Over the holidays, I do a lot of traveling. Packing and unpacking is a chore, and often I do not take as much as care as I should folding up my belongings and putting them back in their spots. That is the reason, I sat on my bed this morning, untangling the delicate gold chain I wanted to wear to work. Squinting, I followed the links, tugging gently at knots trying to identify the path. Every once in a while, I would hit the jackpot, and one tug would result in a chain reaction and release of a few interconnected knots. Inevitably though, there were further knots that needed attention.
This mundane task reminded me of ecology works. We have a big problem—understanding how coastal ecosystems work—that is analogous to that knotted chain. As a researcher, I spend a lot of time figuring out one small knot. For example, as a master’s student, many years ago, I spent a lot of time trying to understand the role of a specific family of clams—the lucinids—play in seagrass sediment biogeochemisty. I took cores, found out where they lived and in what densities. I did careful experiments and calculations showing that because they have bacteria in their gills that oxidize sulfides—an ion toxic to seagrasses themselves—they alter the sediment chemistry in a way that makes the sediments a better place for seagrasses to thrive. That was a chain reaction for me…a greater understanding of an awesomely intricate relationship. There are bacteria that live in the gills of clams, protected from the outside world. Those bacteria made their own food through chemosynthesis (using the energy produced from oxidizing sufides instead of light energy used in photosynthesis to fuel sugar production), and the clams benefited from the food produced so much that they have a very reduced gut of their own. Those clams live in seagrass meadows, and the seagrass belowground tissue provides a hiding place—a protection for those clams from predators. Finally, that chemosynthesis changes the sediment chemistry by reducing sulfide concentrations and increasing ammonium concentrations. Those conditions and changes are good for seagrasses! Woah, how cool. Read about it here: link.springer.com/article/10.1007/BF02819394 .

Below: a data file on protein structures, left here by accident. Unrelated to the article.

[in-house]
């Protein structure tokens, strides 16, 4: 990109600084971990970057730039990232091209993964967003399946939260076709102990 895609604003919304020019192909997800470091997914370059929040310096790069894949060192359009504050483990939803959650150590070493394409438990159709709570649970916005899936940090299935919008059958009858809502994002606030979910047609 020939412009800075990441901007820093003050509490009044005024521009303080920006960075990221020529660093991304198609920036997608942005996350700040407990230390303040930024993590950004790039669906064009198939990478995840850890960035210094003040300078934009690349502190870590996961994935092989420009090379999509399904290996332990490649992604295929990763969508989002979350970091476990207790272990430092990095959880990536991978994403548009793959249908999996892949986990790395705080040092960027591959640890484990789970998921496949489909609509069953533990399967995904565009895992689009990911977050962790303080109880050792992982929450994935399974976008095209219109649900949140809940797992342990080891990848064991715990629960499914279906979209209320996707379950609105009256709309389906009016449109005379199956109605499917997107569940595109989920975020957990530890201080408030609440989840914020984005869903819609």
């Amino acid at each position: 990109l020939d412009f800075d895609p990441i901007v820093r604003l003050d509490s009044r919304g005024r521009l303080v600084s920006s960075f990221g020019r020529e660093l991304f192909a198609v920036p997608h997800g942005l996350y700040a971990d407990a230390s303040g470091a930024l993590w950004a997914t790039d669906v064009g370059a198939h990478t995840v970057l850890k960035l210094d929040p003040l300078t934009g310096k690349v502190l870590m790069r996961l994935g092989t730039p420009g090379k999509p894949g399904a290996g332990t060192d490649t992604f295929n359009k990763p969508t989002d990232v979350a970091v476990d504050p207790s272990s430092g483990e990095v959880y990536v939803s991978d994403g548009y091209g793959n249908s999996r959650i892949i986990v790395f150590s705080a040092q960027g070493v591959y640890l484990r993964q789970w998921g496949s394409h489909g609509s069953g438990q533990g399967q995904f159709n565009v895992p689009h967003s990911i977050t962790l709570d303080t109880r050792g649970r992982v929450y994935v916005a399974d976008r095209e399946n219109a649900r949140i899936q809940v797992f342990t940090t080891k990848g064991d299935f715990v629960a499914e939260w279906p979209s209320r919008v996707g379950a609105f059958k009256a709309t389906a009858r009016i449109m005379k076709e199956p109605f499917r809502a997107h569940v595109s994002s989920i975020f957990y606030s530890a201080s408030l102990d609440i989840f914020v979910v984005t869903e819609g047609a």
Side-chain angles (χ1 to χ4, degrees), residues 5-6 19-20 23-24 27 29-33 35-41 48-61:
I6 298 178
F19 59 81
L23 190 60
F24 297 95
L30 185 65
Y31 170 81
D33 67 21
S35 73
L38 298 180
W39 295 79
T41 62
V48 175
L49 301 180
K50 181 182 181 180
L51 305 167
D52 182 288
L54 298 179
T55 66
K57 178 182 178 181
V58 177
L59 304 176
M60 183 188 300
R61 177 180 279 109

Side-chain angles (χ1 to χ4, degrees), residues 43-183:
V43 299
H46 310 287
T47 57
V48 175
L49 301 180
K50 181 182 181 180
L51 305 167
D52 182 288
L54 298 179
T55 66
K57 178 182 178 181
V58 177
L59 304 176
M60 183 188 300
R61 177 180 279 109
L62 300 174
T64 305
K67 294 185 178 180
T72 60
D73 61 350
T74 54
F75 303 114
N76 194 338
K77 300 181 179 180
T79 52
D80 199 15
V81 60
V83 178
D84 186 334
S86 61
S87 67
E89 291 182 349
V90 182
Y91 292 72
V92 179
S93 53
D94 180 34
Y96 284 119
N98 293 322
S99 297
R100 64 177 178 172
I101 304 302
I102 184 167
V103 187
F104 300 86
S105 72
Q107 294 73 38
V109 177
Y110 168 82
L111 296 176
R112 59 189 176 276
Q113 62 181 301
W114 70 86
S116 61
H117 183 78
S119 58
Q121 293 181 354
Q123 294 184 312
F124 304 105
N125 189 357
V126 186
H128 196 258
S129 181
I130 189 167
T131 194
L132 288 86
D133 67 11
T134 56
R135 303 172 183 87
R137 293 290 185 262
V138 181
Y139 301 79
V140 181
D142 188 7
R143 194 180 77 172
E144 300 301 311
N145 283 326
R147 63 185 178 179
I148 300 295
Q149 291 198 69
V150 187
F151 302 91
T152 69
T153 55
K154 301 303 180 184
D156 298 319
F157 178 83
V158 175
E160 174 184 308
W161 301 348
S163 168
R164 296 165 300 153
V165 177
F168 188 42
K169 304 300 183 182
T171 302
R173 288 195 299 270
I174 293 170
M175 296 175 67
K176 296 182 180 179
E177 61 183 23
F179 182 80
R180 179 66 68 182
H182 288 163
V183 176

This week a new paper came out. The authors showed that these same clams contributed a significant amount to the diet of spiny lobster —I guess those seagrasses don’t protect them 100% from predation! This is cool for a whole bunch of reasons. We already know that the primary production makes these meadows some of the most productive systems on earth. It turns out that, even so, we were failing to account for the chemosyntheic production that in large part fuels an economically important fishery. Another reason to appreciate and work to conserve seagrass meadows. Also, just a moment to stand back and appreciate the intricacies and interactions that make coastal ecosystems work. How cool!
There are lots of questions left. How do these lobsters dig up these clams? Are there other animals eating them? What other roles do these clams play in these systems? How do these clams alter the carbon accumulation in the sediment?
Instead of that delicate, knotted chain, I wore a different necklace to work today. I have some more work to do untangling that mess, just as there is more work to do untangling the web of important interactions shaping seagrass systems.
A marine ecologist and her colleagues hoping to engage both stakeholders and the public in an effort to identify pressing environmental problems and to collaborate on creative, effective solutions based in sound science.